Insulin key in neuron regeneration

Age may not cause our nervous system to deteriorate, according to new research from the Yale School of Medicine.

Axons, or nerve fibers, tend to grow and repair themselves more slowly as they age, and Yale researchers have discovered that insulin pathways, already known for regulating life span, also regulate neurons’ ability to regenerate. Their findings, published Thursday in the journal Neuron, show that the brain’s regulation of neuronal health span is independent of its regulation of life span. The findings have implications for developing more effective treatments for neurological injuries, said Alexandra Byrne, lead author of the study and a postdoctoral fellow in genetics at the Yale School of Medicine.

“An aged neuron’s inability to regenerate [is] not simply a secondary consequence of a decrepit animal,” she said. “Instead, the insulin pathway is actively inhibiting regeneration in the neurons of aged animals.”

The researchers observed neurons in the tiny worm C. elegans, an ideal organism for study since it shares many genes with mammals, Byrne said. By manipulating insulin pathways, the researchers were able to create two types of worms: one set whose axons regenerated more easily and had normal life spans, and another set whose minds deteriorated normally but lived longer lives. The insulin pathway’s regulation of axon regeneration, the study shows, is independent of the process to regulate life span.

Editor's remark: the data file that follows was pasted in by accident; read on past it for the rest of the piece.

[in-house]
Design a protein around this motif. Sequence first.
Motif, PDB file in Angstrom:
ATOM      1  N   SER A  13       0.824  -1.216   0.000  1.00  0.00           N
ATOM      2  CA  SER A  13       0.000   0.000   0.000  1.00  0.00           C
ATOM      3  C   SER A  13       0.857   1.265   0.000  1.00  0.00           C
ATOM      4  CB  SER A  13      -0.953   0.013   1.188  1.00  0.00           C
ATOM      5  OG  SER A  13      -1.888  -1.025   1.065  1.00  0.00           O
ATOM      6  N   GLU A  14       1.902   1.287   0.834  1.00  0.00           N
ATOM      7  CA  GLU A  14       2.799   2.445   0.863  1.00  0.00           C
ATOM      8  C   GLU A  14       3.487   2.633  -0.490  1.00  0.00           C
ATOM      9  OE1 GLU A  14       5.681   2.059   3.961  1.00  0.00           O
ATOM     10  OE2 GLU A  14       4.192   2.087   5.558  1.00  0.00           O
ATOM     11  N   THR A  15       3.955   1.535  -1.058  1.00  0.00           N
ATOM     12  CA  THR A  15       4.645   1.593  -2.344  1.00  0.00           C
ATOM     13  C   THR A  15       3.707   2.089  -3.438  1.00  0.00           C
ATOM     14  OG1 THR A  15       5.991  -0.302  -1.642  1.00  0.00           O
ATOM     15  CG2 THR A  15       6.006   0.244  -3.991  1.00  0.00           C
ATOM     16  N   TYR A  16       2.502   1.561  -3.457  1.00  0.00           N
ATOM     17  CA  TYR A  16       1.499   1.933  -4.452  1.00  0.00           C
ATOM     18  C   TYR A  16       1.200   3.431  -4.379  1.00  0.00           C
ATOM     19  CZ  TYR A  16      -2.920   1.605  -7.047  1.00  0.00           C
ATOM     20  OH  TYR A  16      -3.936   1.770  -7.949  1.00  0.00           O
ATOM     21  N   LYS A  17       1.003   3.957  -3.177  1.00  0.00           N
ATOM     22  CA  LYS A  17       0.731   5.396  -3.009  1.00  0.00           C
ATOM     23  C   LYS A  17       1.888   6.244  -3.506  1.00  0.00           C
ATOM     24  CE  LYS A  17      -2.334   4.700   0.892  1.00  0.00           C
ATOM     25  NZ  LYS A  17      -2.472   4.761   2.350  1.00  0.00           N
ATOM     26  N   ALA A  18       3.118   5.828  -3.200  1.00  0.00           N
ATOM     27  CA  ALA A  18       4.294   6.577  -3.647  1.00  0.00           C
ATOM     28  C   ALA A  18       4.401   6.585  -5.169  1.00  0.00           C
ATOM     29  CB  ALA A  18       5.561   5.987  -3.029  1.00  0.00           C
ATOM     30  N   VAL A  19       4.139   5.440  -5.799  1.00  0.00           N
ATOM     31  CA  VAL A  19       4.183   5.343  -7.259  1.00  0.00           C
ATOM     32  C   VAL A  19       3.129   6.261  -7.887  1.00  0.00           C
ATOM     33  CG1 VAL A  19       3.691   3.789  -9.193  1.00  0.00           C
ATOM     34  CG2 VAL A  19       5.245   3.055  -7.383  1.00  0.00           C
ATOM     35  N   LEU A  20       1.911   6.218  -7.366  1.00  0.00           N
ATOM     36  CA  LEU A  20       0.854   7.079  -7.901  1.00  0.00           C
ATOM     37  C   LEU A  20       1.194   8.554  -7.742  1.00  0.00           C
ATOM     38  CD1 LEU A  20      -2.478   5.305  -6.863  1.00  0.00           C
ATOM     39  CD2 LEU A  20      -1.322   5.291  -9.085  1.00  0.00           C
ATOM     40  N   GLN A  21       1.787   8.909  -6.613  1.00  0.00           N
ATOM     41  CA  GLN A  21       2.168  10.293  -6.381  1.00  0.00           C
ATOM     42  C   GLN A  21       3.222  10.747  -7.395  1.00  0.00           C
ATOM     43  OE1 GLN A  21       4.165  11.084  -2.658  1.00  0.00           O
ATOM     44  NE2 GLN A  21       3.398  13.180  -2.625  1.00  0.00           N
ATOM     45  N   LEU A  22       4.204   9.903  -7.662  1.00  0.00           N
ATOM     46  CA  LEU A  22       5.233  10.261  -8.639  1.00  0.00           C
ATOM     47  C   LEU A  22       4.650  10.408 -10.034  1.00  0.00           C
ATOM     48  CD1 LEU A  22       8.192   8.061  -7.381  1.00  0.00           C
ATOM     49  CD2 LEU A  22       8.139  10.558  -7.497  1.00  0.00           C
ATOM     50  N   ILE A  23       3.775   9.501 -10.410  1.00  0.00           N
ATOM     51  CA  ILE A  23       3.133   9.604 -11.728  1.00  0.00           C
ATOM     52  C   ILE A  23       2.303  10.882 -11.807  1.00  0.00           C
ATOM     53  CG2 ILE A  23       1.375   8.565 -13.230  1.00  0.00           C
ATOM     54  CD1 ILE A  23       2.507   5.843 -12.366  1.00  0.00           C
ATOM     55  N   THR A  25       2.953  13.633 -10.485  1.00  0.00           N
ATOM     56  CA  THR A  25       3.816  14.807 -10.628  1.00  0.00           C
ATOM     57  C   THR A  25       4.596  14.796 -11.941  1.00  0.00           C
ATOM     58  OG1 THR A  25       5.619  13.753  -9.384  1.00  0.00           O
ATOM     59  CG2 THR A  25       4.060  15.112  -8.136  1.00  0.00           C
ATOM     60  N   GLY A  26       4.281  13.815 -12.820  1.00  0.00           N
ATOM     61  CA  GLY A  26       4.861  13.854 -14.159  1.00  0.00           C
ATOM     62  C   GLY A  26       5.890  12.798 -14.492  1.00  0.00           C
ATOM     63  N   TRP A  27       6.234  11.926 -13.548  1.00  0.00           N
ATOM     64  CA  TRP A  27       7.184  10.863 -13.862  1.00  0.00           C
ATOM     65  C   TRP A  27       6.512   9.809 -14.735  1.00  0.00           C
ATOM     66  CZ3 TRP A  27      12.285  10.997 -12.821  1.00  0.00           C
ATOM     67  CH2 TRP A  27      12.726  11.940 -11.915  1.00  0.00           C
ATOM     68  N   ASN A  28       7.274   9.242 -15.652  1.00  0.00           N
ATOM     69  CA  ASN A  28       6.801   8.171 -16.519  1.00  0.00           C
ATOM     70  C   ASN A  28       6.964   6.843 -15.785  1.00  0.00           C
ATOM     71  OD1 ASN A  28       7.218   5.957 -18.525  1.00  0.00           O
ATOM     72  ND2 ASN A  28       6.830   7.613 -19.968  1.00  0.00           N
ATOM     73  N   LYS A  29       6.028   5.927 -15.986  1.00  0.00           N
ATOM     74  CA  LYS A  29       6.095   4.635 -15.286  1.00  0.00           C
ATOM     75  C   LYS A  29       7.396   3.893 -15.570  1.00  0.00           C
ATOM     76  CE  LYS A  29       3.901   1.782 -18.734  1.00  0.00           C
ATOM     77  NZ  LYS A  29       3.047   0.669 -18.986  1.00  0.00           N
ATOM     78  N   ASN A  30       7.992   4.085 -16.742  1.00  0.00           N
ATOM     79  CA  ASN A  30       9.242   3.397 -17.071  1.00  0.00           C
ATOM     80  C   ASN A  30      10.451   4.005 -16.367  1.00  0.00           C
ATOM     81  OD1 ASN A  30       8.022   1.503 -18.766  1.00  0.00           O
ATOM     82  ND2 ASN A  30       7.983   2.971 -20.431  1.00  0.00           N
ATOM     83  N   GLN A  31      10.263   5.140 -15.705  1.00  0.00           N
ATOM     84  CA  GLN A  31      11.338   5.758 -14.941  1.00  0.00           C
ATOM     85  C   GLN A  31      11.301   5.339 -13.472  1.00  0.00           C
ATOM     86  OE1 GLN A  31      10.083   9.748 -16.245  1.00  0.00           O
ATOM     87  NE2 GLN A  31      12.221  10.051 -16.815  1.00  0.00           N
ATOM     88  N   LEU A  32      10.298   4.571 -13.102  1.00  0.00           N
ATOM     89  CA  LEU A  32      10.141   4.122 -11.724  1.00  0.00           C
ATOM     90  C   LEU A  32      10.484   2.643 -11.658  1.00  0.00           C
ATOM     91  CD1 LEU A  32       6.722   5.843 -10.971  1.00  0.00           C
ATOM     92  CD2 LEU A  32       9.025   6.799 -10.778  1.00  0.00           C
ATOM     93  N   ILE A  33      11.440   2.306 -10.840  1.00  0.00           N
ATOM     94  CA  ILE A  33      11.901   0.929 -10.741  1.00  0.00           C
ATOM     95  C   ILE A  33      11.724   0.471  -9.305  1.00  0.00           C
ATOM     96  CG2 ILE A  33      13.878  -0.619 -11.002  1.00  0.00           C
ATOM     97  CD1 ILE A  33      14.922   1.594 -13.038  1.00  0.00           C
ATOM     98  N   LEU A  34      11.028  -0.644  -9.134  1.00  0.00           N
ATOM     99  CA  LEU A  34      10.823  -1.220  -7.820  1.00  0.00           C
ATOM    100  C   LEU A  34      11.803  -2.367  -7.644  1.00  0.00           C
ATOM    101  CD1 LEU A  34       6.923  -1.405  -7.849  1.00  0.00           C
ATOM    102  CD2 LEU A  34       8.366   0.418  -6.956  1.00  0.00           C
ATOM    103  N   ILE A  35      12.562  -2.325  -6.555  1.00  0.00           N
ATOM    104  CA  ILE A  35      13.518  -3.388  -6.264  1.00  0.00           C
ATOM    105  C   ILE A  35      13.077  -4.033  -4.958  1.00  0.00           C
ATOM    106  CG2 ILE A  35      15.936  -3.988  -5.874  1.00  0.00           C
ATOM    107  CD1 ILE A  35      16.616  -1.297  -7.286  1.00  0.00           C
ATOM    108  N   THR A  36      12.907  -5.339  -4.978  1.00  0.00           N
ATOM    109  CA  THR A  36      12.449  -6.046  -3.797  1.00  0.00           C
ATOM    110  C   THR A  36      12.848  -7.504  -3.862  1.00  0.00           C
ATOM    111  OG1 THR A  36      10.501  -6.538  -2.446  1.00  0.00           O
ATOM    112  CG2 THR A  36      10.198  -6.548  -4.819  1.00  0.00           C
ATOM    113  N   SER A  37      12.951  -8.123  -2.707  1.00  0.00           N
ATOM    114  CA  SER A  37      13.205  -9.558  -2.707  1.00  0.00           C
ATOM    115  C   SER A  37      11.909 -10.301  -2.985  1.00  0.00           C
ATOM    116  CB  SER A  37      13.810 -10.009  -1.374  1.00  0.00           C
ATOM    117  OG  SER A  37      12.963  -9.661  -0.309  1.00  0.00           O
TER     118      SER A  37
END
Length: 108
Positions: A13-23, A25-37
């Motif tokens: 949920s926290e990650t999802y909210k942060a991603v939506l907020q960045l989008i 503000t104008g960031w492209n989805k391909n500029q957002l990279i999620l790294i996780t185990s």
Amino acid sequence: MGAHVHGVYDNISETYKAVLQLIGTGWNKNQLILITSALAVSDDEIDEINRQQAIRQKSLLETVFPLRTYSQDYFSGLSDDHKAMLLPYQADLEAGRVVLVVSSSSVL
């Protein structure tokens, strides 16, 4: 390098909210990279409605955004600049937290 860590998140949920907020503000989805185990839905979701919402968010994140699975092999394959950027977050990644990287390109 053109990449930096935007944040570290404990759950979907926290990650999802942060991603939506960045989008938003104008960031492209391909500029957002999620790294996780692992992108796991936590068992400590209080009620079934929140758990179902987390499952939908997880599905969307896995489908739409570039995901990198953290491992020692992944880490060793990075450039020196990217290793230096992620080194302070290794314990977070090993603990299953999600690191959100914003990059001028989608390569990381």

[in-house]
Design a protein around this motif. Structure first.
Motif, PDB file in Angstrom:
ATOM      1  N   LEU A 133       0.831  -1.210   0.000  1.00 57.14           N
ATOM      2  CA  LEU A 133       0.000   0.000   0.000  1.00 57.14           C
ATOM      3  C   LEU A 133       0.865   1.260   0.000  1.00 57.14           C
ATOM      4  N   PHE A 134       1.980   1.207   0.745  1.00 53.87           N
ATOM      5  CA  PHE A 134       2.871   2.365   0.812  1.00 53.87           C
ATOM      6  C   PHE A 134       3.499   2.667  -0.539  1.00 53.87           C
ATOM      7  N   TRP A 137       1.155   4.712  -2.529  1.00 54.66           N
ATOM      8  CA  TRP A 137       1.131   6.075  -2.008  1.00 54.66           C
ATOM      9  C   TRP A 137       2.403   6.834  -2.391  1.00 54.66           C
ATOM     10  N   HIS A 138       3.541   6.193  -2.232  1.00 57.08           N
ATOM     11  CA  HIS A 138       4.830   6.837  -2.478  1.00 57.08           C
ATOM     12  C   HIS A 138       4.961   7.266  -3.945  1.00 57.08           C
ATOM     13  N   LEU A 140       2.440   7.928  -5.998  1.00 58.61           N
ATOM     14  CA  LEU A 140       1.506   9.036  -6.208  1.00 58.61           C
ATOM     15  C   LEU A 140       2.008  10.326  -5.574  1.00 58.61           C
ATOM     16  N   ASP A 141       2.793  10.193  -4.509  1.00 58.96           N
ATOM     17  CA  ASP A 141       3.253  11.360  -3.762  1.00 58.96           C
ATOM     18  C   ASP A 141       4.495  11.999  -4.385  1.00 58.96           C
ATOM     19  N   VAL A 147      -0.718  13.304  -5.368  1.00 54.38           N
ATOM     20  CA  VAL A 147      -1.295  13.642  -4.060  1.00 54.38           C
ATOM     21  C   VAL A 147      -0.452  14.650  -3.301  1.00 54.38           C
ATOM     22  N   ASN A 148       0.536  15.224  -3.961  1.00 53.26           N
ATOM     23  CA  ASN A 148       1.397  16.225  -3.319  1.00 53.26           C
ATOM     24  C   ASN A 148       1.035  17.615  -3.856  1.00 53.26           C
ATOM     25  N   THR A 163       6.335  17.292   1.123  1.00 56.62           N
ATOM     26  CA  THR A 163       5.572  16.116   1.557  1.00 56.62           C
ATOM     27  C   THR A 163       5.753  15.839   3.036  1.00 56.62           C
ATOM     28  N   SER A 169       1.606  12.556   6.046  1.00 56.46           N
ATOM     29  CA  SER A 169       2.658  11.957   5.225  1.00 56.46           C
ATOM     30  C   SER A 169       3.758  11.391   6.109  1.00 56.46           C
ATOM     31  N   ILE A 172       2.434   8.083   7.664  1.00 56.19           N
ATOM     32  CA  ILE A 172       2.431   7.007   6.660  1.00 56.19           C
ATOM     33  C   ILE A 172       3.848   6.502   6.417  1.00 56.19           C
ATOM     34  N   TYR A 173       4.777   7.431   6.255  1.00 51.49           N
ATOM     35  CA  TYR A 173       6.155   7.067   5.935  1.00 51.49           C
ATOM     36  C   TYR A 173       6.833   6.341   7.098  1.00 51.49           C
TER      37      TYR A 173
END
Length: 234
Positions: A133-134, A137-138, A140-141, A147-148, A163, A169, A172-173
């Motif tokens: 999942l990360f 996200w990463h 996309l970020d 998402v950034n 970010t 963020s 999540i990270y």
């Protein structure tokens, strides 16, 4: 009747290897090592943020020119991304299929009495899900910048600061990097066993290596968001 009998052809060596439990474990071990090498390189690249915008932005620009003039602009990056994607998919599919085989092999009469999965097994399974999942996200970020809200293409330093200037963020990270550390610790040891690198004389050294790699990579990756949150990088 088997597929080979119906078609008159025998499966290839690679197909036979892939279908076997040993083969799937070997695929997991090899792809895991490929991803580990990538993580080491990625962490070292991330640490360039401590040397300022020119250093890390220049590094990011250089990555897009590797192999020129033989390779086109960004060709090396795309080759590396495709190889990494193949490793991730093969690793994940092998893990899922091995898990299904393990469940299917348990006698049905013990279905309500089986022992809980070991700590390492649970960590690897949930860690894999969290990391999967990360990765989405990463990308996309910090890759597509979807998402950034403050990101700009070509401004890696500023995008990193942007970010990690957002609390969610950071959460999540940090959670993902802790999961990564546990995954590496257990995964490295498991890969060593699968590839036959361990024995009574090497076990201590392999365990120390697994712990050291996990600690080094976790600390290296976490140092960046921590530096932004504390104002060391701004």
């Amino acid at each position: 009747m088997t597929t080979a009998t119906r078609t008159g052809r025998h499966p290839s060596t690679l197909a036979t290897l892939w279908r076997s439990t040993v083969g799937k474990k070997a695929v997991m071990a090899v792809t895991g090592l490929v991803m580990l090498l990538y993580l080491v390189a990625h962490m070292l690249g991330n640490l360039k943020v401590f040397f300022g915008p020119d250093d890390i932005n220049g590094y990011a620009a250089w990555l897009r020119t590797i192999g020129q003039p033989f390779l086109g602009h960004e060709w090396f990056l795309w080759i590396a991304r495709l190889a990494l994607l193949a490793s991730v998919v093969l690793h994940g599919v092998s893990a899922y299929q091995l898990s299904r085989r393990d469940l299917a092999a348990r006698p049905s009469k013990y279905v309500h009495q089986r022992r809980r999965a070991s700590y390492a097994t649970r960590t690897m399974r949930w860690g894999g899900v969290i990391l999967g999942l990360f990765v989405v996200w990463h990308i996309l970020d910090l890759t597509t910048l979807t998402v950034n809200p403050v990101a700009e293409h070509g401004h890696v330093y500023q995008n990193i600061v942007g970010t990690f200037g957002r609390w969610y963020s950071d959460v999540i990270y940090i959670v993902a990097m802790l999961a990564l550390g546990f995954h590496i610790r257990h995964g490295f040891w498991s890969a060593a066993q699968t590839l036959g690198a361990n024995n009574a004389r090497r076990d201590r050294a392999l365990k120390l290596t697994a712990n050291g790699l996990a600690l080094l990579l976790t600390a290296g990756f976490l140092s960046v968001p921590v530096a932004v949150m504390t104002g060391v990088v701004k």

“Our finding that insulin regulates motor neuron regeneration adds to our understanding of the regeneration response,” Byrne said.

The discovery could have major implications, Byrne said, in cases of spinal cord injury and other instances of nerve damage. Neurons’ inability to regenerate is also characteristic of neurodegenerative conditions, including stroke and glaucoma.

Valerie Reinke, co-author of the study and professor of genetics at the Yale School of Medicine, said in an email to the News Sunday that her interest in the study originated from the issue of understanding how neurons grow and divide.

About 200,000 people are currently living with spinal cord injury in the United States, according to the Centers for Disease Control and Prevention.

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